Back Design. The crisscross border is folded around to the front of the card, so only appears half as wide on a finished card as it does in this scan. The design shows a typical medieval cosmographic scheme, with the four elements at the bottom, the celestial spheres in the middle, and Heaven at top.
Ace of Batons * As di Bastoni
The Latin suits of batons, cups, swords, and coins were features of ordinary playing cards when the first appeared in Europe in the 14th century. The tarot deck simply continued these standard symbols, which are still found in Italian and Spanish playing cards today.
Designs for the ace of batons (and the ace of swords) showing it being presented by a divine hand emerging from a cloud are also quite ancient. The crown is also a common feature.
Banners displaying mottoes or sayings were also widespread, and I have chosen the Latin word vis, meaning force or will, to express the symbolism of the card. A baton or rod is a symbol of authority and personal power.
Love * LAmore
The card known to modern tarot users as The Lovers was originally entitled simply Love. As such, it represents love as a force in human life. In Petrarchs poem I Trionfi, love conquers all mortals, including the wise and powerful. The placement of this card in most traditional orderings (immediately following the Pope as the highest human authority) reinforces this idea.
Cupid or Eros hovers above the young couple, arrow poised. Unlike the Tarot de Marseille and other later tarot designs, this image does not show a young man choosing between two women. Instead, this design (liberally adapted from the Cary-Yale Visconti deck, probably dating from before 1450), emphasizes the union between the two people, suggesting a betrothal or marriage ceremony.
3 Swords * 3 Spadi
In old playing cards, swords are usually drawn as curved. Cards originally came to Europe from the Islamic world, which was of course known for its curving scimitars. The design also served a practical function, making swords easy to distinguish from batons at a glance. (Early cards had no corner indices to identify them.)
When an odd number of swords is present, the final one is often drawn straight, piercing the design created by the curved pairs. Symbolically, this suggests a decisive thrust that breaks a stalemate. The three of swords might thus signify a decisive, perhaps aggressive or painful, resolution to a dilemma.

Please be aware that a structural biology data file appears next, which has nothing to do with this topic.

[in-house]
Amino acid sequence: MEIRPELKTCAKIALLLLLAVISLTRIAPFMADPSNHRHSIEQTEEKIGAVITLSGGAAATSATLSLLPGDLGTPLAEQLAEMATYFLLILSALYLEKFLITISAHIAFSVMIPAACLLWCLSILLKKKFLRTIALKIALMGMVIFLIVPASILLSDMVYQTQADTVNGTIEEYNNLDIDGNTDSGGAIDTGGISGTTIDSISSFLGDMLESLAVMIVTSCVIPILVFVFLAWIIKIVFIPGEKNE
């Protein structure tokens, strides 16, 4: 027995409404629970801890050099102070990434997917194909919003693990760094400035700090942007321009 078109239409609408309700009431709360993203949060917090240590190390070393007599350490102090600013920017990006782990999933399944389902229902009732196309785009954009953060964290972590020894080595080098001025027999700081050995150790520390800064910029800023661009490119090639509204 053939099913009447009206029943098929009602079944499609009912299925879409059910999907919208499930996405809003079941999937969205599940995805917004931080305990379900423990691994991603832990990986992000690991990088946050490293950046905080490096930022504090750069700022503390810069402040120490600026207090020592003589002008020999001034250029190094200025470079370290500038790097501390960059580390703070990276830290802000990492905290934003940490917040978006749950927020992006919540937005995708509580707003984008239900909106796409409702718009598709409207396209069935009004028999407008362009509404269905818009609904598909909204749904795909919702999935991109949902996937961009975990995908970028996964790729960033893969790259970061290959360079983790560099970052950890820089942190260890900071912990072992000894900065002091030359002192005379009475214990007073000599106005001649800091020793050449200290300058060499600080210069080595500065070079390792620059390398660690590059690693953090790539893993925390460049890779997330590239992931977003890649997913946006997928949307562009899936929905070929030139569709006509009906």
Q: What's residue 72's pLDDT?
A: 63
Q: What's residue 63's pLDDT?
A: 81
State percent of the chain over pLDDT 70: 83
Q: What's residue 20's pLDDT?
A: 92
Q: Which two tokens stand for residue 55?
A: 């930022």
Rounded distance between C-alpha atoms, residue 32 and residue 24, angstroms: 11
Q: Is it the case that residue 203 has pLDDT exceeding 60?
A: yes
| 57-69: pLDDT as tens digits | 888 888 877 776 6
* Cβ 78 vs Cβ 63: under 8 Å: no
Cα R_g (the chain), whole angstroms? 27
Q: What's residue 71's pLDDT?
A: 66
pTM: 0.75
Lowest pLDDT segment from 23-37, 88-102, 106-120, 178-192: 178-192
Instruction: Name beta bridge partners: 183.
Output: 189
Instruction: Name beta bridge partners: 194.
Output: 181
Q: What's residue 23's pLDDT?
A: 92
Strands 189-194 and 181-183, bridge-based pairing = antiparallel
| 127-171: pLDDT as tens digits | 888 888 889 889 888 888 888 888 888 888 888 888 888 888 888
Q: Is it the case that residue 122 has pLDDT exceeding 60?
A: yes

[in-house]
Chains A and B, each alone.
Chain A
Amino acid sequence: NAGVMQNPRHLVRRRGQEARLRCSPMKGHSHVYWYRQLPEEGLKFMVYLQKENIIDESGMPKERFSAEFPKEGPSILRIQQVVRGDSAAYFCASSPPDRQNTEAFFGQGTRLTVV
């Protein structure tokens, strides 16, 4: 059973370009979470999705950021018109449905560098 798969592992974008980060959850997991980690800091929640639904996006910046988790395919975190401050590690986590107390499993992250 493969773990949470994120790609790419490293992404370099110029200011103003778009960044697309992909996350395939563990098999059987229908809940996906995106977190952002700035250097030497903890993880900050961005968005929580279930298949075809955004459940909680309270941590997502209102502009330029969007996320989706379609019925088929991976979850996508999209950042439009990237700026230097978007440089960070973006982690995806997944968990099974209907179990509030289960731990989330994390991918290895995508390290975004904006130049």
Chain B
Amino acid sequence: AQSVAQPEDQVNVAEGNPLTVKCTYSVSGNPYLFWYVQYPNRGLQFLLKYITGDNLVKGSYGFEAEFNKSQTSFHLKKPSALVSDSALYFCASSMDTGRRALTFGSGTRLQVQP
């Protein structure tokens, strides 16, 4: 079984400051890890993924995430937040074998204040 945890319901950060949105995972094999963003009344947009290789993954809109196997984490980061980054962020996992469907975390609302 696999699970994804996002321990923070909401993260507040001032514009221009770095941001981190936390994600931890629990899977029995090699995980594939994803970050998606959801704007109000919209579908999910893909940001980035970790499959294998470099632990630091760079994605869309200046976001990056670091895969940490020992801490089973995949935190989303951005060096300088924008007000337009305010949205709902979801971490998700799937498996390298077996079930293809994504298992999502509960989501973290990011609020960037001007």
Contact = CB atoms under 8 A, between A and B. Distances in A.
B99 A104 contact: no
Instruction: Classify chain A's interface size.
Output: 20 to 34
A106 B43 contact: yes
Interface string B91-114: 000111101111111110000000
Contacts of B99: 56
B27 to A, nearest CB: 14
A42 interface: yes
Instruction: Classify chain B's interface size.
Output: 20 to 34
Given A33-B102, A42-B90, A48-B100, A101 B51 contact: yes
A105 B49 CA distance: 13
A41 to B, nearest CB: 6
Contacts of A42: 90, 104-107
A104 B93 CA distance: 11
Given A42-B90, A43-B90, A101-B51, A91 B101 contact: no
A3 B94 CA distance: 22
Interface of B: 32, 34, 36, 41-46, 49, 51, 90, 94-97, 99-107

The Sun * Il Sole
All manner of different designs were used for the Sun card in early tarot decks. The two children of the Tarot de Marseille is an astrological reference, often used to signify the Sun and its house. Other decks show the Sun being carried across the sky, a courting couple, Alexander and Diogenes, or simply a stylized sun symbol. It is interesting that almost all of these designs feature two human figures in some way.
Rather than choosing among these different early designs, I used an entirely different image, but one that echoes many of the others. The design is based on a sixteenth-century model with alchemical overtones. The aged sun king and the young boy represent the cycle of age, death, and rebirth.
The Sun is also the cosmic manifestation of the masculine principle, just as the Moon manifests the feminine. As a very high ranking card, the Sun resides in the upper echelons of the powers of the cosmos.
2 Batons * 2 Bastoni
When playing cards entered Europe from Islam, the suits were coins, cups, swords, and polo sticks. The latter were unfamiliar to Europeans, who interpreted them as batons. In Italy, the batons were usually depicted as smooth rods with decorated ends. In Spain and Portugal, they became rough cudgels.
Two is the number of choice, balance, contrast, and complementation. Taking batons as a symbol of personal authority, the 2 crossed batons on the card may be interpreted as conflicting intentions, a stalemate, or a collaboration between equally strong-willed individuals. It may also represent a tentative balance between two aspects of ones personal identity.
9 Batons * 9 Bastoni
When a large number of suit symbols are depicted on a card, the ingenuity of the designer is pressed to its limits. Without corner indices, the user of the cards must be able to identify the suit symbol and numerical rank from a glance at the card face. Batons were conventionally arrayed as a symmetrical criss-cross lattice (woven in a way that would be impossible for actual rods).